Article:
A recent poll by the people at Quinnipiac University tells a tale of American Catholics who seem to believe, by a paper thin margin, that the Vatican in general and next Pope in particular has to moderate. The Church is moving in the right direction, they say, but needs to alter its stance on contraception, gay marriage, women priests in order to become more in step with the modern world. All of that would be okay: if the Church cared about what the modern world thought.
Fortunately, She does not. Nor should She. If religion is to be of any real significance then it must do what it can to lead its flocks toward becoming better people. This cannot mean telling them to do whatever they want. In a sense, a seriously religious institute is analogous to being a parent: we cannot allow our kids to do anything they want or they will become vain and selfish adults. Neither should the Church follow poll results when considering doctrine, because it just doesn't matter what individual Catholics believe about eternal and unchanging morals any more than what a eight year old might believe about doing his chores or homework. Morality doesn't change simply because Catholics as a group may want it too. It doesn't change for non-Catholics either, of course, but that is a bit of a separate question right this minute.
In areas where the poll may have real meaning, it might well be good for Church leaders to step up and take notice; the priestly sex abuse scandal comes to mind. But there are three things which matter with such issues. First and foremost, sexual abuse is minors is an affront to morality and ought to be eradicated; Church doctrine teaches as much. This leads to point two: where such sins have occurred, up to and including any possible cover ups, we are not dealing with propagating dogma so much as with individuals within the Church doing heinous things. When Church leaders violate dogma, and this is point three by the way, then the laity have the right to call them out. The non-clerical members of the Church have an obligation to remind Church leaders to set things right when they err. Such is working within rather than against the Church.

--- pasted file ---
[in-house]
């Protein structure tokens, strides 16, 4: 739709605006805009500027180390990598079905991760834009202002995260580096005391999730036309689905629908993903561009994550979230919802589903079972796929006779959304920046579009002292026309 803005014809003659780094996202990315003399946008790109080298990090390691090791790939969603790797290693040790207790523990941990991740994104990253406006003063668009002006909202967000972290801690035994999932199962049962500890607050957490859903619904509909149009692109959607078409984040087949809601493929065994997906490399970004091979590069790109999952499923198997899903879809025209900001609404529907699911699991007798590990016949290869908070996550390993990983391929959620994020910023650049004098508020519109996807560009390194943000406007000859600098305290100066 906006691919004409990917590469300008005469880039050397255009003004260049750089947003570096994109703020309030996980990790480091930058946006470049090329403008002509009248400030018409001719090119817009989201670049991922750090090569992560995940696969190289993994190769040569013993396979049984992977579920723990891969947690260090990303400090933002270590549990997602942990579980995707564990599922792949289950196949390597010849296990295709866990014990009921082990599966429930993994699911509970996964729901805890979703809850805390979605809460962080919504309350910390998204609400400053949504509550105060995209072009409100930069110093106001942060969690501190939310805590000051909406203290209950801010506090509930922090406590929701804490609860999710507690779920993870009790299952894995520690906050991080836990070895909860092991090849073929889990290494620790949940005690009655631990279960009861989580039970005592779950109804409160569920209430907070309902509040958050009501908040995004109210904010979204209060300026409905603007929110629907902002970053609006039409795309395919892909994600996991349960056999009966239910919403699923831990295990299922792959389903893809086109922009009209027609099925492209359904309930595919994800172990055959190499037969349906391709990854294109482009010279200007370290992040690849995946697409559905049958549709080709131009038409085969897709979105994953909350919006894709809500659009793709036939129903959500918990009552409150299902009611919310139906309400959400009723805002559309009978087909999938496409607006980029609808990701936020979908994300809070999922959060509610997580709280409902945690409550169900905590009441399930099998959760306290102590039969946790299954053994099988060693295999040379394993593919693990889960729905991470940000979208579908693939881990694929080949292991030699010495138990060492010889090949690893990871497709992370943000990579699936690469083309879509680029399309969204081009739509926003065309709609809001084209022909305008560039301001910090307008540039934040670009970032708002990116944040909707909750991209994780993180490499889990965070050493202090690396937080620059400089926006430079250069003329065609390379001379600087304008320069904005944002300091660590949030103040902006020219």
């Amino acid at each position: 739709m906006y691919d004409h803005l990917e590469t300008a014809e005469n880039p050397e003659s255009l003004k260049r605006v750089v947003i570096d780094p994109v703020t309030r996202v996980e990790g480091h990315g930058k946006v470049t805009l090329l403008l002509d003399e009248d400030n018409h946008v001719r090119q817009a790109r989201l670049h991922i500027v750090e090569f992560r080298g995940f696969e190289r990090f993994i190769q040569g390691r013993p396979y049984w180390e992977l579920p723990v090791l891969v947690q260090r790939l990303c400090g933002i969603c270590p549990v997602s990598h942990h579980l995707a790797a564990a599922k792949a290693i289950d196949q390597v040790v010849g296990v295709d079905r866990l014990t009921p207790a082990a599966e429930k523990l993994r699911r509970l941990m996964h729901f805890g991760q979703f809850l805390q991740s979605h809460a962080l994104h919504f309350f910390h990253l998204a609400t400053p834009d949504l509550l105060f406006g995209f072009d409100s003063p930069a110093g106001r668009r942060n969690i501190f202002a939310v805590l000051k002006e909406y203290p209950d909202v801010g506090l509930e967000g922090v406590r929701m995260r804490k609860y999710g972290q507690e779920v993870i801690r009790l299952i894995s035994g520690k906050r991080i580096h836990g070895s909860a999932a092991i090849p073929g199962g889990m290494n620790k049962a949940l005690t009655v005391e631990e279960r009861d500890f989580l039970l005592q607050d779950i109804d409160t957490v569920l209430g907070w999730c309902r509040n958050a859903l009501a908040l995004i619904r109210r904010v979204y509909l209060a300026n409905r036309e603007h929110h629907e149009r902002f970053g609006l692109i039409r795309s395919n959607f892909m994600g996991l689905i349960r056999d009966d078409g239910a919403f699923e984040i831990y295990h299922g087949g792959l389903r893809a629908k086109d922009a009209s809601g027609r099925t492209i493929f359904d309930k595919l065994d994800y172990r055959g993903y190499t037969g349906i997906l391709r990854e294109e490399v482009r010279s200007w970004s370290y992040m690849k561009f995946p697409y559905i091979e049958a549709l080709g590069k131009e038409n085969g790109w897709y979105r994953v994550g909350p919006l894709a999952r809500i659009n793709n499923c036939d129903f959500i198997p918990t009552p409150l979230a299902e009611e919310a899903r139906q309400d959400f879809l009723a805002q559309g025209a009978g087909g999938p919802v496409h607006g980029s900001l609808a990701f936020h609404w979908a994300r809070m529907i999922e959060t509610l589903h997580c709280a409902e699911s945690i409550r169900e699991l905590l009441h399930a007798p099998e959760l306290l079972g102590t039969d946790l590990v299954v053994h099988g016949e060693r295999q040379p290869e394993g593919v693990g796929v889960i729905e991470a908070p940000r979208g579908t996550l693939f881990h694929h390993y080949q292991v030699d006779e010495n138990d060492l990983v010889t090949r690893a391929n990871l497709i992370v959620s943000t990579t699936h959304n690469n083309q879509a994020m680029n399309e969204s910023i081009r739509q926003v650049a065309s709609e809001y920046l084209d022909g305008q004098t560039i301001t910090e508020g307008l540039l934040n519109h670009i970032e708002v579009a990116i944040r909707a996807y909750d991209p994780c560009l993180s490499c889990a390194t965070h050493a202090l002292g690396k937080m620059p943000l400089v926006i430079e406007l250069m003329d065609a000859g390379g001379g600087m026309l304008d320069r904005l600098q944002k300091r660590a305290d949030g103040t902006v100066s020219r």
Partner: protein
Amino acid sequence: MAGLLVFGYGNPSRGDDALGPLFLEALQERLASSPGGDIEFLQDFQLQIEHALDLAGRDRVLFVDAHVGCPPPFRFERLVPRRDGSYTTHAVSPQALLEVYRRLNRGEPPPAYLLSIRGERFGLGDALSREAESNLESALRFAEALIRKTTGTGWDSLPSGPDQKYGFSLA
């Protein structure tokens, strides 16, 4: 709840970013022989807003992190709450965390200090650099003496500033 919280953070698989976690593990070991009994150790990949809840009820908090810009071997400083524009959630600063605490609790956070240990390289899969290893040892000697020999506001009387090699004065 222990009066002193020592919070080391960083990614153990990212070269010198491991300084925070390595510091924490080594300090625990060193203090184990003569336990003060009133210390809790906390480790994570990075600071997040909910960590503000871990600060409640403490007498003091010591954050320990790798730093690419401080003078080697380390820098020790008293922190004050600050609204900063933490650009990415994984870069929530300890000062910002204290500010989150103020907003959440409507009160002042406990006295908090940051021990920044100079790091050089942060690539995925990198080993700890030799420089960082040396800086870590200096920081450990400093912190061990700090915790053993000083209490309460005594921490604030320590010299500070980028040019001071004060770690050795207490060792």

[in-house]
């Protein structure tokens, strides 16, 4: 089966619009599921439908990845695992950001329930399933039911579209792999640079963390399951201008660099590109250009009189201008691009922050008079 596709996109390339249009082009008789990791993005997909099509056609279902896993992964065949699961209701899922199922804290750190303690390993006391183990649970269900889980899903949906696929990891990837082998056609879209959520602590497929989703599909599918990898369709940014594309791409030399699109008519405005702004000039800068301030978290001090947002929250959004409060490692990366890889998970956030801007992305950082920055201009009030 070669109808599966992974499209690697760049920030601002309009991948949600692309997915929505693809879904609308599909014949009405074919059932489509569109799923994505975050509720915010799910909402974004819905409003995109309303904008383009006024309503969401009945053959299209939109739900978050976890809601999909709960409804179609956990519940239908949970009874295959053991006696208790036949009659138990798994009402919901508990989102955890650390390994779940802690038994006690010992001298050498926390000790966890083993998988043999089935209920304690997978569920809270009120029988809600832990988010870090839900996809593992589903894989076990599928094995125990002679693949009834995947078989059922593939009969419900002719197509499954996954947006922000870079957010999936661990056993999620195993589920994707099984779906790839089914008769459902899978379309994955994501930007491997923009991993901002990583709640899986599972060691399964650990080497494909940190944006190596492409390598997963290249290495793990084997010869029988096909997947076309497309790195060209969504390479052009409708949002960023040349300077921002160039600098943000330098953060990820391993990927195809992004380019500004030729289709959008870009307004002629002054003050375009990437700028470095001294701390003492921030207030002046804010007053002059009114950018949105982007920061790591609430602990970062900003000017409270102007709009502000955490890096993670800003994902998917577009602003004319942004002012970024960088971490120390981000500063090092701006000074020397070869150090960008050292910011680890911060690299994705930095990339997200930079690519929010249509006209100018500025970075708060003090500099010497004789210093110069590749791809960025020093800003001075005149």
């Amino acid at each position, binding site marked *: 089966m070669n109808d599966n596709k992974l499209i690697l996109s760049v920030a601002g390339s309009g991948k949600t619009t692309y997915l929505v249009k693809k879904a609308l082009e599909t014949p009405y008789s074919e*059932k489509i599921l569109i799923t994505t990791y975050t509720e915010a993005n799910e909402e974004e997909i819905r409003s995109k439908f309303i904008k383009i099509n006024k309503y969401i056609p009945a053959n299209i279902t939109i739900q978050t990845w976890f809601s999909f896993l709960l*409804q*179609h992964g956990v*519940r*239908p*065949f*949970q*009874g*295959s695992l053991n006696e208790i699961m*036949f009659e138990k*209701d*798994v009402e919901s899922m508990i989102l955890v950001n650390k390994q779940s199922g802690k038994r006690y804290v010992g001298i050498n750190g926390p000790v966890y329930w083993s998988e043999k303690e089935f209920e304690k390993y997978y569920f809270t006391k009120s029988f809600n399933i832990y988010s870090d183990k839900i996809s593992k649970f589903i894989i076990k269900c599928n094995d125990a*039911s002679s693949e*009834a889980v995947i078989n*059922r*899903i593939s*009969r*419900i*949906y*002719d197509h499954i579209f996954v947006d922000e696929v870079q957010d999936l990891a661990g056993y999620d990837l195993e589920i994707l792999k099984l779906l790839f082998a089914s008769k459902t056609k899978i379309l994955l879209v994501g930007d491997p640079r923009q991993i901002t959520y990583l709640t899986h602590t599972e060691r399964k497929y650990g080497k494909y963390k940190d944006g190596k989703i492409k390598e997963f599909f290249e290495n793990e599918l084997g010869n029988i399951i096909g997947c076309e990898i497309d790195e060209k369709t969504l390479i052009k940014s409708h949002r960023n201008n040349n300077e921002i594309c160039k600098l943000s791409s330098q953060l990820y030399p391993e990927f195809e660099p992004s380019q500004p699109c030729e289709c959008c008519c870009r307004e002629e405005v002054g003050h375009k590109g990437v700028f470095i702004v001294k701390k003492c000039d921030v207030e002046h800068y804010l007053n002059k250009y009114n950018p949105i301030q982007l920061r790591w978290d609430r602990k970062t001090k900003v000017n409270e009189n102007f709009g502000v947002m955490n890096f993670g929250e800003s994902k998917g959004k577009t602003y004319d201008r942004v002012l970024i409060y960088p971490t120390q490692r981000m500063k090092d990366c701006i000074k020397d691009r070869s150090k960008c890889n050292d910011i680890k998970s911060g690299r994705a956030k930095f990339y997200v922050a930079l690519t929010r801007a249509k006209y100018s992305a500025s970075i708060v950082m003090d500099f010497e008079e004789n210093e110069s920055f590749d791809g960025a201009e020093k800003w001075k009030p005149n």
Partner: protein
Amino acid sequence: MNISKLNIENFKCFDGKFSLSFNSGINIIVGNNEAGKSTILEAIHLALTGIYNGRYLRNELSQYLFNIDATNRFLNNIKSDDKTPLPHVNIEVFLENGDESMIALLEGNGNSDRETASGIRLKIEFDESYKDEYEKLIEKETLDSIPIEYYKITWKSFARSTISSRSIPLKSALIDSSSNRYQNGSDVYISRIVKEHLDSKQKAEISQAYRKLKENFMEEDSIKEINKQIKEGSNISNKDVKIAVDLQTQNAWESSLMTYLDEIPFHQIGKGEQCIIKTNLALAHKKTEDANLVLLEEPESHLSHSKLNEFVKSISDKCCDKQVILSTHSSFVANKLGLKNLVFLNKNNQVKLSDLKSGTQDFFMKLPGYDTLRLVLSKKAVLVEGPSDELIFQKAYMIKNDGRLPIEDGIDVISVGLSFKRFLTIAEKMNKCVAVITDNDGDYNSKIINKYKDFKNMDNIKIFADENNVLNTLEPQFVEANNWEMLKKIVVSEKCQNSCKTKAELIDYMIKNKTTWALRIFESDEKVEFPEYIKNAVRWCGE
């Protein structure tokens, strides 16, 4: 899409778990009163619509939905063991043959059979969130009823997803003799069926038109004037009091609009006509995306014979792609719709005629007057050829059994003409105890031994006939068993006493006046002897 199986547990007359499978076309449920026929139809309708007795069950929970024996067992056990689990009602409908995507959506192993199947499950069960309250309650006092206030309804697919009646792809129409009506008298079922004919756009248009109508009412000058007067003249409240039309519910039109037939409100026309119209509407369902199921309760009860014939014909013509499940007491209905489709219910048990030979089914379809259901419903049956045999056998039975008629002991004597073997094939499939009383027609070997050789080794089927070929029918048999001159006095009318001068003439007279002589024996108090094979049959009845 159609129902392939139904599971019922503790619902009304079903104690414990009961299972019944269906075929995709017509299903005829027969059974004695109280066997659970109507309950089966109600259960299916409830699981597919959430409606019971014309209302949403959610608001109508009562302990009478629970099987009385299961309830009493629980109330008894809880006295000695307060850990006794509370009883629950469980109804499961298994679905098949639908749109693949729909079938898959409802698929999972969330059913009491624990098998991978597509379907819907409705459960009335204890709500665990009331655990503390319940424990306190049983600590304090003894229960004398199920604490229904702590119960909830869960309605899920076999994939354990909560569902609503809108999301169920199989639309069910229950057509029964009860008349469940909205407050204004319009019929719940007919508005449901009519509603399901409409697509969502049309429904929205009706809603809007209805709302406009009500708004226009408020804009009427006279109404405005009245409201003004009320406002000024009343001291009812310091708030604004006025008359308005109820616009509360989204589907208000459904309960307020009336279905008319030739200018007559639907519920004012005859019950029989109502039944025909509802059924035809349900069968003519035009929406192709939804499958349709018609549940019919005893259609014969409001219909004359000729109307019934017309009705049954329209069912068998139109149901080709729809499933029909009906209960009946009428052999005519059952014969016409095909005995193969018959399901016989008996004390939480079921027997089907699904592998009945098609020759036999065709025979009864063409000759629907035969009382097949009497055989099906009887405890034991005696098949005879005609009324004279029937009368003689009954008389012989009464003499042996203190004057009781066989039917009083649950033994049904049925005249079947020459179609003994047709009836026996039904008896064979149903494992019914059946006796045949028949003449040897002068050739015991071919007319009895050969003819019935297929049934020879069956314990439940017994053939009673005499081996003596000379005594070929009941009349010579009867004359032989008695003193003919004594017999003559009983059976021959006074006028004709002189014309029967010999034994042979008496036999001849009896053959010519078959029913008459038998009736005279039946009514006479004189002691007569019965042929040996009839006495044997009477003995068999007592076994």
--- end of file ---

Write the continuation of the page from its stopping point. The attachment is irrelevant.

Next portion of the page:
All the bother about what type of leader the next Pope ought to be, then, is only so much blather. It doesn't matter what the people think, Catholic or not. It would very interesting to see how many of the poll respondents are in the pew week in and week out serious Catholics or simply folks who say they're Catholic. Would that not skew the poll numbers against the Vatican? Yet even that doesn't matter with regard to eternal truth. But it would interesting to hear, as an academic exercise.
Be all that as it may, what we should want in a Pope is a solid traditionalist from wherever in the globe the Spirit drives the Cardinals in conclave to find him. Polls will not affect that decision. Nor should they.